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HP's 'skinless' servers designed for big data centres

HP's ExSO (Extreme Scale-Out) line is aimed at packing them in the data centre aisles. A new range of ProLiant SL servers increases density and reduces weight and power consumption.

When populating a data centre, total power supply and cooling capability can be issues. But in some situations the key problem can be finding floor space for all the gear you need to install.

The new HP ProLiant SL servers use a so-called skinless design, replacing the usual chassis and rack with a rail and tray arrangement. This is said to significantly increase system density and reduce weight, and allows the installation of up to 672 processor cores and 10T of storage in a 42U rack.

Weight can be a particular issue when data centres are created in a run of the mill office building, as the floor plates aren't designed to bear the loads that can easily be imposed by racks fully populated with blade servers.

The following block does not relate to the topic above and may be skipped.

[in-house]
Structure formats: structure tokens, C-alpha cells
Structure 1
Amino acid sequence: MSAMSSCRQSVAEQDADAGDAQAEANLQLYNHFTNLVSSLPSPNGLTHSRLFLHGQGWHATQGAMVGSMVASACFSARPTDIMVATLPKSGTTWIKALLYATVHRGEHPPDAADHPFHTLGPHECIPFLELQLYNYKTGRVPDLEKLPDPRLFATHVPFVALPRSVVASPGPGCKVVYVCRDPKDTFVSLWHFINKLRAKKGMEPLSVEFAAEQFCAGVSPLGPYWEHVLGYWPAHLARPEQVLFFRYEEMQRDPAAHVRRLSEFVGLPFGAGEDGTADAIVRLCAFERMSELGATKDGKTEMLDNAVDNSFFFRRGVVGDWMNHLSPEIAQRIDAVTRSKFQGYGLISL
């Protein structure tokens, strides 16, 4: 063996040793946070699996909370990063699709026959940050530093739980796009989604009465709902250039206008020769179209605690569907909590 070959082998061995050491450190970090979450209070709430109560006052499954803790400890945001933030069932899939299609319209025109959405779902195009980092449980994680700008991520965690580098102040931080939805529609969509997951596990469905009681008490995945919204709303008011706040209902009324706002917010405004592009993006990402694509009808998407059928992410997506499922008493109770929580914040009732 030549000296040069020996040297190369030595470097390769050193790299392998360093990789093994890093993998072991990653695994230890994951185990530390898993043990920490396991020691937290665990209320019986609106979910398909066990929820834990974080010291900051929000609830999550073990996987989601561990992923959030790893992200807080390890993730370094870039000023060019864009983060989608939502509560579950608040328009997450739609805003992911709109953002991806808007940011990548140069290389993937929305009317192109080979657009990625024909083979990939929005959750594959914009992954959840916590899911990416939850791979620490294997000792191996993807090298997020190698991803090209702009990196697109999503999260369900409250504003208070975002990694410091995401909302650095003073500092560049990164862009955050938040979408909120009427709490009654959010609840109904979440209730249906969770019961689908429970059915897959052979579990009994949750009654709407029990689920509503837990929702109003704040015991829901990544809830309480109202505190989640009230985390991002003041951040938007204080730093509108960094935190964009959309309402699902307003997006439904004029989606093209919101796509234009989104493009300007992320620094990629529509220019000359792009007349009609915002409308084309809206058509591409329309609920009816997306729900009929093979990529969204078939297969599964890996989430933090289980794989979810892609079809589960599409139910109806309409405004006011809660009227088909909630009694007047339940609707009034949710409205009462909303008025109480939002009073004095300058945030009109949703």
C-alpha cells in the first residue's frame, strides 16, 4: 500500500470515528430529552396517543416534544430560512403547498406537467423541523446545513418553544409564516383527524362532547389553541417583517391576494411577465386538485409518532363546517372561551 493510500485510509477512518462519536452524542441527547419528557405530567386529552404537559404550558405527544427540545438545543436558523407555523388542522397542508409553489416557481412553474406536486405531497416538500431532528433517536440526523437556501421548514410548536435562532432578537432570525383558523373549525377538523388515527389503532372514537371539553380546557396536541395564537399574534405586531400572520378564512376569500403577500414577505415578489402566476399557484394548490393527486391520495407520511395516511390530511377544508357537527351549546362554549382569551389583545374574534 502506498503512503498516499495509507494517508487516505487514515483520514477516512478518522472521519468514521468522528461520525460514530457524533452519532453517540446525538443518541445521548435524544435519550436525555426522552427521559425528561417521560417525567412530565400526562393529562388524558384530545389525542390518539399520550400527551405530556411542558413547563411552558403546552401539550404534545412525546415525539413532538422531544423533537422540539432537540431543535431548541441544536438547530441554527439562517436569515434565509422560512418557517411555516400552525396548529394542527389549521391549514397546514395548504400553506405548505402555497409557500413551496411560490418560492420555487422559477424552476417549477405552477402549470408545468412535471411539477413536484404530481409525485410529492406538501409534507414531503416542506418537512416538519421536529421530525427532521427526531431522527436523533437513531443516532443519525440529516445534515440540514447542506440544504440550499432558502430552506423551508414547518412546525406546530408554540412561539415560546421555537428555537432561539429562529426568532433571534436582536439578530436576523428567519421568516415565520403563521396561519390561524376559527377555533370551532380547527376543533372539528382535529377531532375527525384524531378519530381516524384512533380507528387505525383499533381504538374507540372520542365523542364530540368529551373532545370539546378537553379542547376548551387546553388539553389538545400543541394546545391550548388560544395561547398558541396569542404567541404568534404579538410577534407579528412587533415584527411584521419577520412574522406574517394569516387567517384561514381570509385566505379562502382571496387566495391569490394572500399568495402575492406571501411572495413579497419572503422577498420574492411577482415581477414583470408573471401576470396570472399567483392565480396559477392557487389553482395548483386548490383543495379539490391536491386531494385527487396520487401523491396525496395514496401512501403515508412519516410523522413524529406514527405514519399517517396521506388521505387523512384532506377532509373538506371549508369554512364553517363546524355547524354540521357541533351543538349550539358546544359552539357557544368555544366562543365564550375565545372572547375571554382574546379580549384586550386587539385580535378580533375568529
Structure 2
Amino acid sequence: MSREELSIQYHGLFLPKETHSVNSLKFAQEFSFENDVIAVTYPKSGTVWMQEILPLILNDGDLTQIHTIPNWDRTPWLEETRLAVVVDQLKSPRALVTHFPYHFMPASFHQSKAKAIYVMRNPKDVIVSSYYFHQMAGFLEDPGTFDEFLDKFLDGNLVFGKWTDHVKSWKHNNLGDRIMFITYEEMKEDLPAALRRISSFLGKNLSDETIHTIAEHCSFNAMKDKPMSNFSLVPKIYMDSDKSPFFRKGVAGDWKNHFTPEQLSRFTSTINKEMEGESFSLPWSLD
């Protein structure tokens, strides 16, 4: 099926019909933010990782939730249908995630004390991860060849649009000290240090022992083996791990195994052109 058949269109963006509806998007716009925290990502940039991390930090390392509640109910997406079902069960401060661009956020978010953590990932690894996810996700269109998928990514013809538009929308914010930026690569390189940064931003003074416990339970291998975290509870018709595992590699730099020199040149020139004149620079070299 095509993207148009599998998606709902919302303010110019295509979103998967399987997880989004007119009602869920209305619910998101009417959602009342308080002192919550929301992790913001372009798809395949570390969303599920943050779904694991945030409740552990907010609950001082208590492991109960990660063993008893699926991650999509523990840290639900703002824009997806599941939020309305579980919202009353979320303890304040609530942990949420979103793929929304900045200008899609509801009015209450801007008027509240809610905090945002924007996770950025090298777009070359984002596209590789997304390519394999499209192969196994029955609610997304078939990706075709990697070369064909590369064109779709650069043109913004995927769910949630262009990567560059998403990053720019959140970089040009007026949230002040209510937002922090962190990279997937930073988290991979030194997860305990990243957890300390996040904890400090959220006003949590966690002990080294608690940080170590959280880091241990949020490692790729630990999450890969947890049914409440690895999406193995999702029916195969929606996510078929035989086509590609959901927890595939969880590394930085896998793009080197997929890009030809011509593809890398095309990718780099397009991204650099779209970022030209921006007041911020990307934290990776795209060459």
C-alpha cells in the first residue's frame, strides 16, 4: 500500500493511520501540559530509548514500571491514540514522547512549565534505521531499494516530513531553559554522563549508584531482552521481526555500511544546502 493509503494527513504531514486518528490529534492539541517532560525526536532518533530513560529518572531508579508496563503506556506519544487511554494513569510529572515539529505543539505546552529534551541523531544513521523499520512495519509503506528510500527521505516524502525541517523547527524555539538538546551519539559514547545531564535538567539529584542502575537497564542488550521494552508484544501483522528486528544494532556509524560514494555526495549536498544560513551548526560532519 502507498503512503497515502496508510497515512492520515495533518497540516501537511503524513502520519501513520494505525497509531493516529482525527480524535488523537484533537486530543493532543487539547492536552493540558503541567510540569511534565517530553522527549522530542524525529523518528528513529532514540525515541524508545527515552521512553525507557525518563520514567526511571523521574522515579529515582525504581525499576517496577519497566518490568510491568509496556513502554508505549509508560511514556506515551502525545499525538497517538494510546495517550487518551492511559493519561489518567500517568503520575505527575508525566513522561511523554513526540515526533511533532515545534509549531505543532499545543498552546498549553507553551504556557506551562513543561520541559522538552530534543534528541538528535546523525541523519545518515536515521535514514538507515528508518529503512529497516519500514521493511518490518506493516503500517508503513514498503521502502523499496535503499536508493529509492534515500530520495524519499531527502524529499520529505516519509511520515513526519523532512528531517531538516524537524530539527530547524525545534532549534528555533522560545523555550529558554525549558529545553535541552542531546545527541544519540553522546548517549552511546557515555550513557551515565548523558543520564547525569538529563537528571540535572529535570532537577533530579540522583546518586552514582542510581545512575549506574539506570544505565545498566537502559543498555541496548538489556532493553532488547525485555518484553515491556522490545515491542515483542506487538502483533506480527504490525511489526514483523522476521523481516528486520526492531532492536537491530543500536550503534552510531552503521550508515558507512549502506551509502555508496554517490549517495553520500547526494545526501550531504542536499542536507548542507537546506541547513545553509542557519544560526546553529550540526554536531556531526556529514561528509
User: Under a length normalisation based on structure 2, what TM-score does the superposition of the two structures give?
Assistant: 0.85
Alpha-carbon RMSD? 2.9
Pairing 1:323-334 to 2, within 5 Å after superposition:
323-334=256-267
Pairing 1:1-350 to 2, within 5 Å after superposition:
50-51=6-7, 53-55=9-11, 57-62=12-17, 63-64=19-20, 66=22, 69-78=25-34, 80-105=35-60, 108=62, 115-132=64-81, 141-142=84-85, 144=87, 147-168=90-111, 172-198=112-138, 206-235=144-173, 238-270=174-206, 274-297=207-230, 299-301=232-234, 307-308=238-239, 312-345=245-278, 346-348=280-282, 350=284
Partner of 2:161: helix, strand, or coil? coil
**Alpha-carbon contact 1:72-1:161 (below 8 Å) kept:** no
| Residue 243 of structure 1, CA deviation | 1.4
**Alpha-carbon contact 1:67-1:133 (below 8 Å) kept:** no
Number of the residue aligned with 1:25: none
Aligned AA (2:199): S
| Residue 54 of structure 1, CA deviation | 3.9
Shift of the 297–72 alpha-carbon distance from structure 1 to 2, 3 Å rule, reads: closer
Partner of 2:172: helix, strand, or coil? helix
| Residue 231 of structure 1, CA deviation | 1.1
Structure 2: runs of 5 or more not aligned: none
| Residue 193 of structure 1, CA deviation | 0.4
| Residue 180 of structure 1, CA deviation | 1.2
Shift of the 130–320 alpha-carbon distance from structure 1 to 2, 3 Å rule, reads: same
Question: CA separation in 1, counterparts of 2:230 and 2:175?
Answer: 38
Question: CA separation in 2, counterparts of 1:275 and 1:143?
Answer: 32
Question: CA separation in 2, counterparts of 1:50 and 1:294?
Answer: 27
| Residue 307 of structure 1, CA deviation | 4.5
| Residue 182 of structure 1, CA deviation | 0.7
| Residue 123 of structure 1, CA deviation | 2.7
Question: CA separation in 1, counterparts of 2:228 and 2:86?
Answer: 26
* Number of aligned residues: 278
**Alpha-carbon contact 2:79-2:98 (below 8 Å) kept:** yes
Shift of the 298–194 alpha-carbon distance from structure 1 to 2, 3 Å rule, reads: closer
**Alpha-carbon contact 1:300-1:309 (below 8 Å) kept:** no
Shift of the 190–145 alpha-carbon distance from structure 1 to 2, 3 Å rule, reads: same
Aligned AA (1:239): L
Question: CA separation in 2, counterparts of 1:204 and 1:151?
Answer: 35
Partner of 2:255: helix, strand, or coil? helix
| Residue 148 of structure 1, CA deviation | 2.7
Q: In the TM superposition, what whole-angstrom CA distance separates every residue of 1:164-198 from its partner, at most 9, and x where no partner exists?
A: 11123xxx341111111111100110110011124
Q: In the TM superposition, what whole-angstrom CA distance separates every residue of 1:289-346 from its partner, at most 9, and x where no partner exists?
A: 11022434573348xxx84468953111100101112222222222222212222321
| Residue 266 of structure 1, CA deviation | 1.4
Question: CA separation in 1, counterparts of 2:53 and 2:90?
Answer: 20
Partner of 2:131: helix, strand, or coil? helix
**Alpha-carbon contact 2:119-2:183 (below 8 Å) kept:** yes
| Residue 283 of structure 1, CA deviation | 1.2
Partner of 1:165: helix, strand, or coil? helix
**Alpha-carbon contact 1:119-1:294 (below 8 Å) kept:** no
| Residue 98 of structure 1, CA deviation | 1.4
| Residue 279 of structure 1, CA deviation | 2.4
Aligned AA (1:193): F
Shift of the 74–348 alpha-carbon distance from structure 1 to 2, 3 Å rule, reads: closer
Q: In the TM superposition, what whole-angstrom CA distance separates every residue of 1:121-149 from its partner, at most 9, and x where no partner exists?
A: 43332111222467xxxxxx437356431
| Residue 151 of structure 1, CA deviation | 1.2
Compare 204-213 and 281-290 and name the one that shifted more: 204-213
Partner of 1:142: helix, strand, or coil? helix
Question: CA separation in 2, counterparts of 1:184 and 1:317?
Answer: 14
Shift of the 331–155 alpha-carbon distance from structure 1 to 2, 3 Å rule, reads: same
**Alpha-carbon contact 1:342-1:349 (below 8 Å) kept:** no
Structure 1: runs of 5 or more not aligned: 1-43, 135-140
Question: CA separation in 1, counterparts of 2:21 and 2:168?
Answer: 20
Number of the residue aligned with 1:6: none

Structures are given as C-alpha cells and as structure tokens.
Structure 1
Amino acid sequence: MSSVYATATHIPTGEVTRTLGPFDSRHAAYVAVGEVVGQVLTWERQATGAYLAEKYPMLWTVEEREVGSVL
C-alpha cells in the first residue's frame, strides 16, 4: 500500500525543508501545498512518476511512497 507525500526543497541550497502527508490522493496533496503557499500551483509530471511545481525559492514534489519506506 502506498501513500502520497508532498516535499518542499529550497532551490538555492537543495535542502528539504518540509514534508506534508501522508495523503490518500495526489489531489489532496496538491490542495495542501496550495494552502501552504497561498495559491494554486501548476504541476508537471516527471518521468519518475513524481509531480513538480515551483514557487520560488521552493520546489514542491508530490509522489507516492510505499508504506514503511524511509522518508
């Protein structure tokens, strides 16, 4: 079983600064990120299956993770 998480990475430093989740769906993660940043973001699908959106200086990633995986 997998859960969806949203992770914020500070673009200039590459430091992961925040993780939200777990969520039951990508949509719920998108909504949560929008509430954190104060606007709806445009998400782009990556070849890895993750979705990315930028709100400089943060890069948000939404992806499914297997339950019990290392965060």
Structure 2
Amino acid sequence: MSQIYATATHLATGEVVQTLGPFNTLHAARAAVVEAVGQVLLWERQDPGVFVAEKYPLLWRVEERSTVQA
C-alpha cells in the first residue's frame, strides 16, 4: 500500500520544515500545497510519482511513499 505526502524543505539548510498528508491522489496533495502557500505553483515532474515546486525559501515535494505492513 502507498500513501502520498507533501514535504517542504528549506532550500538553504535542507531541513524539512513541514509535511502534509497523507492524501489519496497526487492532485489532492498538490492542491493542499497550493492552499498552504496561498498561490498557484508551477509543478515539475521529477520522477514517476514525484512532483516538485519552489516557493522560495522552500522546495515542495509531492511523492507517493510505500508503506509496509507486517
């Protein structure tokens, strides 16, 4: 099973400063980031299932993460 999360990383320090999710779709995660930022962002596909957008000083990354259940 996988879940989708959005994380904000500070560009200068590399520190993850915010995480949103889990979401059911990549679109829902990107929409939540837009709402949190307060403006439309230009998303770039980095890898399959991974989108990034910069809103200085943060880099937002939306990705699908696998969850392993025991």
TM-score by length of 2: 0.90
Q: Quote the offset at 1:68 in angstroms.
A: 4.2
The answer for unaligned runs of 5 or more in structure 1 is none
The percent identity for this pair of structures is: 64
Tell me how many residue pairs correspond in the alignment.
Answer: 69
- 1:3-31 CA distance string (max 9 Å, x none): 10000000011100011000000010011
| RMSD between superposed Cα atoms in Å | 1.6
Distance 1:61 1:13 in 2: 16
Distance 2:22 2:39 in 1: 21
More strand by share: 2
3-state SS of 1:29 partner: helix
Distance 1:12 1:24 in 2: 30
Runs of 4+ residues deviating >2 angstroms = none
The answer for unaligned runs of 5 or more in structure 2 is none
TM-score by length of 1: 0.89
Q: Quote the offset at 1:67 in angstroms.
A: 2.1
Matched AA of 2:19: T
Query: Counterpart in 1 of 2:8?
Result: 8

HP claims a weight reduction of 31 percent (comparing the ProLiant SL170z with the Dell R610), which translates to 760.7 tonnes (838.5 tons) saved in an 88,000-server data centre.

Energy savings are also significant, with the power and cooling design providing a claimed 28 percent reduction in energy use compared with normal rack-based servers.

Three ProLiant SL models have been announced, each based on the Xeon 5500 processor but configured for either plenty of internal storage, high processor density, or large amounts of memory and I/O expansion.

"Customers with scale-out business models need solutions that make every dollar, watt and square foot in the data center count,” said Christine Reischl, senior vice president and general manager, industry standard servers at HP.

"The HP ProLiant SL offers pioneering customers like these the most significant design innovation since the blade form factor, allowing them to achieve an economy of scale never before possible," she added.

The ExSO range also incorporates HP services and certain previously announced data centre products.

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Stephen Withers

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Stephen Withers is one of Australia¹s most experienced IT journalists, having begun his career in the days of 8-bit 'microcomputers'. He covers the gamut from gadgets to enterprise systems. In previous lives he has been an academic, a systems programmer, an IT support manager, and an online services manager. Stephen holds an honours degree in Management Sciences and a PhD in Industrial and Business Studies.

 

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